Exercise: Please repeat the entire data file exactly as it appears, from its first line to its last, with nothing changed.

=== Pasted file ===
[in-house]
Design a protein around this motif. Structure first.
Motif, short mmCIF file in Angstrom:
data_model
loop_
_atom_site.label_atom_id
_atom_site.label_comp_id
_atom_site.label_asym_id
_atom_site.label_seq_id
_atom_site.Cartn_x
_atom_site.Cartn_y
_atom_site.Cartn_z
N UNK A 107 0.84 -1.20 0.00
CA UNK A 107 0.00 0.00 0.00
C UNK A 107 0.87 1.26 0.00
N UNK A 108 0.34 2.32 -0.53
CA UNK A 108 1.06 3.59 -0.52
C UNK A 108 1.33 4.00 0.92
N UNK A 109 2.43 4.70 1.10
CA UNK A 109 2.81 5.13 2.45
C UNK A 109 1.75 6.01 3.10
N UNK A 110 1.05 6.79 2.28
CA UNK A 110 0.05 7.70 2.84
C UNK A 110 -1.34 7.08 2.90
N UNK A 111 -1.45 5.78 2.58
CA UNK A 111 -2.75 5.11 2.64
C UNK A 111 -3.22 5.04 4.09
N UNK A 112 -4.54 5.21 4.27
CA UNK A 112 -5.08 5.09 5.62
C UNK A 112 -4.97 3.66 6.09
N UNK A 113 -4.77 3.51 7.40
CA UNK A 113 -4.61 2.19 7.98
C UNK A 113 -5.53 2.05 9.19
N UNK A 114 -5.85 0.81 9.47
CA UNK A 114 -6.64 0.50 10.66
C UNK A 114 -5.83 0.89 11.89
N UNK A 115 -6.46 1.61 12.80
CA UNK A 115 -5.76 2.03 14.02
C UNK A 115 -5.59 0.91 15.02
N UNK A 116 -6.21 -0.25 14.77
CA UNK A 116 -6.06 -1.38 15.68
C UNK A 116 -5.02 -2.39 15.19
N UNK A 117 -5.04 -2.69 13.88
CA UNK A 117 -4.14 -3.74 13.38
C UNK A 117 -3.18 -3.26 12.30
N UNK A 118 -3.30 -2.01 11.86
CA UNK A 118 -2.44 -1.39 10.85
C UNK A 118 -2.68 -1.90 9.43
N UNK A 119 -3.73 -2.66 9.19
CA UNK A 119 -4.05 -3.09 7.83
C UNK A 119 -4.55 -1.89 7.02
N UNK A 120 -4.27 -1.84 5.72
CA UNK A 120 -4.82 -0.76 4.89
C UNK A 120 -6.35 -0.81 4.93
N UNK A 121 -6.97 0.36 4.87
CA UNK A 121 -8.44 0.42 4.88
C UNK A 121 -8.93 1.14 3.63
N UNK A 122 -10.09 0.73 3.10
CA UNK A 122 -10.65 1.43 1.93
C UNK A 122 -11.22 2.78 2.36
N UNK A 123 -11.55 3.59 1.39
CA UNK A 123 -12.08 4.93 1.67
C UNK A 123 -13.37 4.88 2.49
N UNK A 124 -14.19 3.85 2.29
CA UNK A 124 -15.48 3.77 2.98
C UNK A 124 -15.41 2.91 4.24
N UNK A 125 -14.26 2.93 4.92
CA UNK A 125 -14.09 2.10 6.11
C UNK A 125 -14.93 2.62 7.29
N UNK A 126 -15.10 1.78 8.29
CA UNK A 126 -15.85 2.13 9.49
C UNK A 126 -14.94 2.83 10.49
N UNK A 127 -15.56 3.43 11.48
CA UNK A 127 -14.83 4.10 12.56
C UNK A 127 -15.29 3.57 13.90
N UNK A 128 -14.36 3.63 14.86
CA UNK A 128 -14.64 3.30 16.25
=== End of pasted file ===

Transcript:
[in-house]
Design a protein around this motif. Structure first.
Motif, short mmCIF file in Angstrom:
data_model
loop_
_atom_site.label_atom_id
_atom_site.label_comp_id
_atom_site.label_asym_id
_atom_site.label_seq_id
_atom_site.Cartn_x
_atom_site.Cartn_y
_atom_site.Cartn_z
N UNK A 107 0.84 -1.20 0.00
CA UNK A 107 0.00 0.00 0.00
C UNK A 107 0.87 1.26 0.00
N UNK A 108 0.34 2.32 -0.53
CA UNK A 108 1.06 3.59 -0.52
C UNK A 108 1.33 4.00 0.92
N UNK A 109 2.43 4.70 1.10
CA UNK A 109 2.81 5.13 2.45
C UNK A 109 1.75 6.01 3.10
N UNK A 110 1.05 6.79 2.28
CA UNK A 110 0.05 7.70 2.84
C UNK A 110 -1.34 7.08 2.90
N UNK A 111 -1.45 5.78 2.58
CA UNK A 111 -2.75 5.11 2.64
C UNK A 111 -3.22 5.04 4.09
N UNK A 112 -4.54 5.21 4.27
CA UNK A 112 -5.08 5.09 5.62
C UNK A 112 -4.97 3.66 6.09
N UNK A 113 -4.77 3.51 7.40
CA UNK A 113 -4.61 2.19 7.98
C UNK A 113 -5.53 2.05 9.19
N UNK A 114 -5.85 0.81 9.47
CA UNK A 114 -6.64 0.50 10.66
C UNK A 114 -5.83 0.89 11.89
N UNK A 115 -6.46 1.61 12.80
CA UNK A 115 -5.76 2.03 14.02
C UNK A 115 -5.59 0.91 15.02
N UNK A 116 -6.21 -0.25 14.77
CA UNK A 116 -6.06 -1.38 15.68
C UNK A 116 -5.02 -2.39 15.19
N UNK A 117 -5.04 -2.69 13.88
CA UNK A 117 -4.14 -3.74 13.38
C UNK A 117 -3.18 -3.26 12.30
N UNK A 118 -3.30 -2.01 11.86
CA UNK A 118 -2.44 -1.39 10.85
C UNK A 118 -2.68 -1.90 9.43
N UNK A 119 -3.73 -2.66 9.19
CA UNK A 119 -4.05 -3.09 7.83
C UNK A 119 -4.55 -1.89 7.02
N UNK A 120 -4.27 -1.84 5.72
CA UNK A 120 -4.82 -0.76 4.89
C UNK A 120 -6.35 -0.81 4.93
N UNK A 121 -6.97 0.36 4.87
CA UNK A 121 -8.44 0.42 4.88
C UNK A 121 -8.93 1.14 3.63
N UNK A 122 -10.09 0.73 3.10
CA UNK A 122 -10.65 1.43 1.93
C UNK A 122 -11.22 2.78 2.36
N UNK A 123 -11.55 3.59 1.39
CA UNK A 123 -12.08 4.93 1.67
C UNK A 123 -13.37 4.88 2.49
N UNK A 124 -14.19 3.85 2.29
CA UNK A 124 -15.48 3.77 2.98
C UNK A 124 -15.41 2.91 4.24
N UNK A 125 -14.26 2.93 4.92
CA UNK A 125 -14.09 2.10 6.11
C UNK A 125 -14.93 2.62 7.29
N UNK A 126 -15.10 1.78 8.29
CA UNK A 126 -15.85 2.13 9.49
C UNK A 126 -14.94 2.83 10.49
N UNK A 127 -15.56 3.43 11.48
CA UNK A 127 -14.83 4.10 12.56
C UNK A 127 -15.29 3.57 13.90
N UNK A 128 -14.36 3.63 14.86
CA UNK A 128 -14.64 3.30 16.25